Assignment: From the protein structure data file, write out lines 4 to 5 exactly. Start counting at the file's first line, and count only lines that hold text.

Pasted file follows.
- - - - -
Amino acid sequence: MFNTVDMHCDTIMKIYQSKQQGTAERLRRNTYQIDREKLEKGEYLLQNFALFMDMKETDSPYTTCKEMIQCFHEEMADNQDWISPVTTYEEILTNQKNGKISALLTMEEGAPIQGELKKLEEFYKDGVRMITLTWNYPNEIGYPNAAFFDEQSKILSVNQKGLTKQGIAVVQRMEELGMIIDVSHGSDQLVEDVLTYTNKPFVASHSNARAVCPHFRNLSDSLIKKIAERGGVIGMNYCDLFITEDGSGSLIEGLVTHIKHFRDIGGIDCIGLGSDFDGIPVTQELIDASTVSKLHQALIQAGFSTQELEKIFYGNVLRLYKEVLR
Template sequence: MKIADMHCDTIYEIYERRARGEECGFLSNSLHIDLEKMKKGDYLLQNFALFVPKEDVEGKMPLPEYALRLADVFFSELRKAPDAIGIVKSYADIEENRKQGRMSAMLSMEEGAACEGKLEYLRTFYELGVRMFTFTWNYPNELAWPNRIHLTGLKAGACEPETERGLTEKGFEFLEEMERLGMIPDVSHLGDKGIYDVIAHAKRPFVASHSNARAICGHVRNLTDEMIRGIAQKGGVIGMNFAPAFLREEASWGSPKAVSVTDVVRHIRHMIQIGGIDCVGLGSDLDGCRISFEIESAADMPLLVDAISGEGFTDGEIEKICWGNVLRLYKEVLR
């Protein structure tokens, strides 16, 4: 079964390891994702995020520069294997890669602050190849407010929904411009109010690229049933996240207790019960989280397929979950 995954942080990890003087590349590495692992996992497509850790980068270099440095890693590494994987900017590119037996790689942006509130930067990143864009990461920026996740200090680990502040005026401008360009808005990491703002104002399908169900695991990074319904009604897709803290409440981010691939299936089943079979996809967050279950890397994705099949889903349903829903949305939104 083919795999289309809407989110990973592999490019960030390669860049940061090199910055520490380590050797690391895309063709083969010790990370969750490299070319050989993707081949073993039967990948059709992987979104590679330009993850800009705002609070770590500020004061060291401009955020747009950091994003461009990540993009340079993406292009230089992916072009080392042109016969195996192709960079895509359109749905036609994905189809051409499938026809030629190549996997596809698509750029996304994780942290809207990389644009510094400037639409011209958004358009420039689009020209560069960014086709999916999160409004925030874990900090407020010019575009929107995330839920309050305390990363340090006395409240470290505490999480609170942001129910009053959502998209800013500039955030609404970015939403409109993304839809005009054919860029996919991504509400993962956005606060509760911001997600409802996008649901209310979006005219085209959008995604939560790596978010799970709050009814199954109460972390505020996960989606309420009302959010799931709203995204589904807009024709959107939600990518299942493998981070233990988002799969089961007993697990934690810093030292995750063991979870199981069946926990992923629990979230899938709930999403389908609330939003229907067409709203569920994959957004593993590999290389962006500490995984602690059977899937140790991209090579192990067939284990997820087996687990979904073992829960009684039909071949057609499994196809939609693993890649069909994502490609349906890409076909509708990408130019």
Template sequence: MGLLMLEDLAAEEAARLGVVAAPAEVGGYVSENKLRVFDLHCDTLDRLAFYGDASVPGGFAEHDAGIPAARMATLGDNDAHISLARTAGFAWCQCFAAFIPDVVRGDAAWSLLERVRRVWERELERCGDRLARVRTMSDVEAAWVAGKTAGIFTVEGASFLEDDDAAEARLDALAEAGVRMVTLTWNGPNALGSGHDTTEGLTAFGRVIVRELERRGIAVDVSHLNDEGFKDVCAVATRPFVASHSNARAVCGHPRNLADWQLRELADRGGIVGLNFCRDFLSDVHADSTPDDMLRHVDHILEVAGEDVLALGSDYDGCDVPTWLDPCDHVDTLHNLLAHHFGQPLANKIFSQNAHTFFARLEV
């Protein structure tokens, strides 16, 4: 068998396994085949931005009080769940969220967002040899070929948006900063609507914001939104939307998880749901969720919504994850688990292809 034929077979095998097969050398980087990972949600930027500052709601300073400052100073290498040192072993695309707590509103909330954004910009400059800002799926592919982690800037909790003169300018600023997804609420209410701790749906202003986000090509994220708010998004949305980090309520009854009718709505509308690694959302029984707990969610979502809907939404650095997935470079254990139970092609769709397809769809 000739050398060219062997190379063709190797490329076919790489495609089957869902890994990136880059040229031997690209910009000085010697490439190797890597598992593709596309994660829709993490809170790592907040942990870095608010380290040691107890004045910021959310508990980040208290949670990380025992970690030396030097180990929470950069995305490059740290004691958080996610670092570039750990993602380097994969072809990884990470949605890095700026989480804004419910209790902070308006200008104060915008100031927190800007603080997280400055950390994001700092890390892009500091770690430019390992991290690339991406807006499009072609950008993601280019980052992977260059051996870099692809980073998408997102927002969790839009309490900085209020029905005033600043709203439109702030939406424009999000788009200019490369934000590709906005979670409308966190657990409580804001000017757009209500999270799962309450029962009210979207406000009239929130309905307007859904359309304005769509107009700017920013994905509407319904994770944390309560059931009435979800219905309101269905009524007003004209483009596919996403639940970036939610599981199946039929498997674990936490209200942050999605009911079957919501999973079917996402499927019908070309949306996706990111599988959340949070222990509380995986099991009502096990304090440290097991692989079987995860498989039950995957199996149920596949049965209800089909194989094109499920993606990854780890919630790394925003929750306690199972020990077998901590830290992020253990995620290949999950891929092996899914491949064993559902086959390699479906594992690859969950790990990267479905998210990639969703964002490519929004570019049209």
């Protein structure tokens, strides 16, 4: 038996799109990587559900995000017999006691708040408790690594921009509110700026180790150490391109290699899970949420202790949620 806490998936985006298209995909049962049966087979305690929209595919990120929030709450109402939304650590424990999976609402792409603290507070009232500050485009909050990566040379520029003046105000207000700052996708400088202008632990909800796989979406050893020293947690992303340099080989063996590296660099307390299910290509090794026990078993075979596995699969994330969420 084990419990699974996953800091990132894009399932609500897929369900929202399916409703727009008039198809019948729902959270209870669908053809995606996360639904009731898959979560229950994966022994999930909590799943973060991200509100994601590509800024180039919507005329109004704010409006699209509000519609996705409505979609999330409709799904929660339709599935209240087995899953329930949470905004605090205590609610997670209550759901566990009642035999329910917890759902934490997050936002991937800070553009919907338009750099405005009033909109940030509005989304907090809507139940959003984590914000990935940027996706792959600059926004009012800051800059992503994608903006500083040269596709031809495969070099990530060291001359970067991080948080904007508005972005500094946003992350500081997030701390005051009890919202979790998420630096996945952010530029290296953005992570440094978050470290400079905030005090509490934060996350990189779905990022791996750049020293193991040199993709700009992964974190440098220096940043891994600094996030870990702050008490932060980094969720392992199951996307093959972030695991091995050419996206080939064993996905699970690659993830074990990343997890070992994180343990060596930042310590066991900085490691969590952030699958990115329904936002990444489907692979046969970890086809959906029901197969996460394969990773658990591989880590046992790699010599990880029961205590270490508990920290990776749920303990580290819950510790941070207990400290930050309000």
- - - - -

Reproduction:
Template sequence: MGLLMLEDLAAEEAARLGVVAAPAEVGGYVSENKLRVFDLHCDTLDRLAFYGDASVPGGFAEHDAGIPAARMATLGDNDAHISLARTAGFAWCQCFAAFIPDVVRGDAAWSLLERVRRVWERELERCGDRLARVRTMSDVEAAWVAGKTAGIFTVEGASFLEDDDAAEARLDALAEAGVRMVTLTWNGPNALGSGHDTTEGLTAFGRVIVRELERRGIAVDVSHLNDEGFKDVCAVATRPFVASHSNARAVCGHPRNLADWQLRELADRGGIVGLNFCRDFLSDVHADSTPDDMLRHVDHILEVAGEDVLALGSDYDGCDVPTWLDPCDHVDTLHNLLAHHFGQPLANKIFSQNAHTFFARLEV
């Protein structure tokens, strides 16, 4: 068998396994085949931005009080769940969220967002040899070929948006900063609507914001939104939307998880749901969720919504994850688990292809 034929077979095998097969050398980087990972949600930027500052709601300073400052100073290498040192072993695309707590509103909330954004910009400059800002799926592919982690800037909790003169300018600023997804609420209410701790749906202003986000090509994220708010998004949305980090309520009854009718709505509308690694959302029984707990969610979502809907939404650095997935470079254990139970092609769709397809769809 000739050398060219062997190379063709190797490329076919790489495609089957869902890994990136880059040229031997690209910009000085010697490439190797890597598992593709596309994660829709993490809170790592907040942990870095608010380290040691107890004045910021959310508990980040208290949670990380025992970690030396030097180990929470950069995305490059740290004691958080996610670092570039750990993602380097994969072809990884990470949605890095700026989480804004419910209790902070308006200008104060915008100031927190800007603080997280400055950390994001700092890390892009500091770690430019390992991290690339991406807006499009072609950008993601280019980052992977260059051996870099692809980073998408997102927002969790839009309490900085209020029905005033600043709203439109702030939406424009999000788009200019490369934000590709906005979670409308966190657990409580804001000017757009209500999270799962309450029962009210979207406000009239929130309905307007859904359309304005769509107009700017920013994905509407319904994770944390309560059931009435979800219905309101269905009524007003004209483009596919996403639940970036939610599981199946039929498997674990936490209200942050999605009911079957919501999973079917996402499927019908070309949306996706990111599988959340949070222990509380995986099991009502096990304090440290097991692989079987995860498989039950995957199996149920596949049965209800089909194989094109499920993606990854780890919630790394925003929750306690199972020990077998901590830290992020253990995620290949999950891929092996899914491949064993559902086959390699479906594992690859969950790990990267479905998210990639969703964002490519929004570019049209």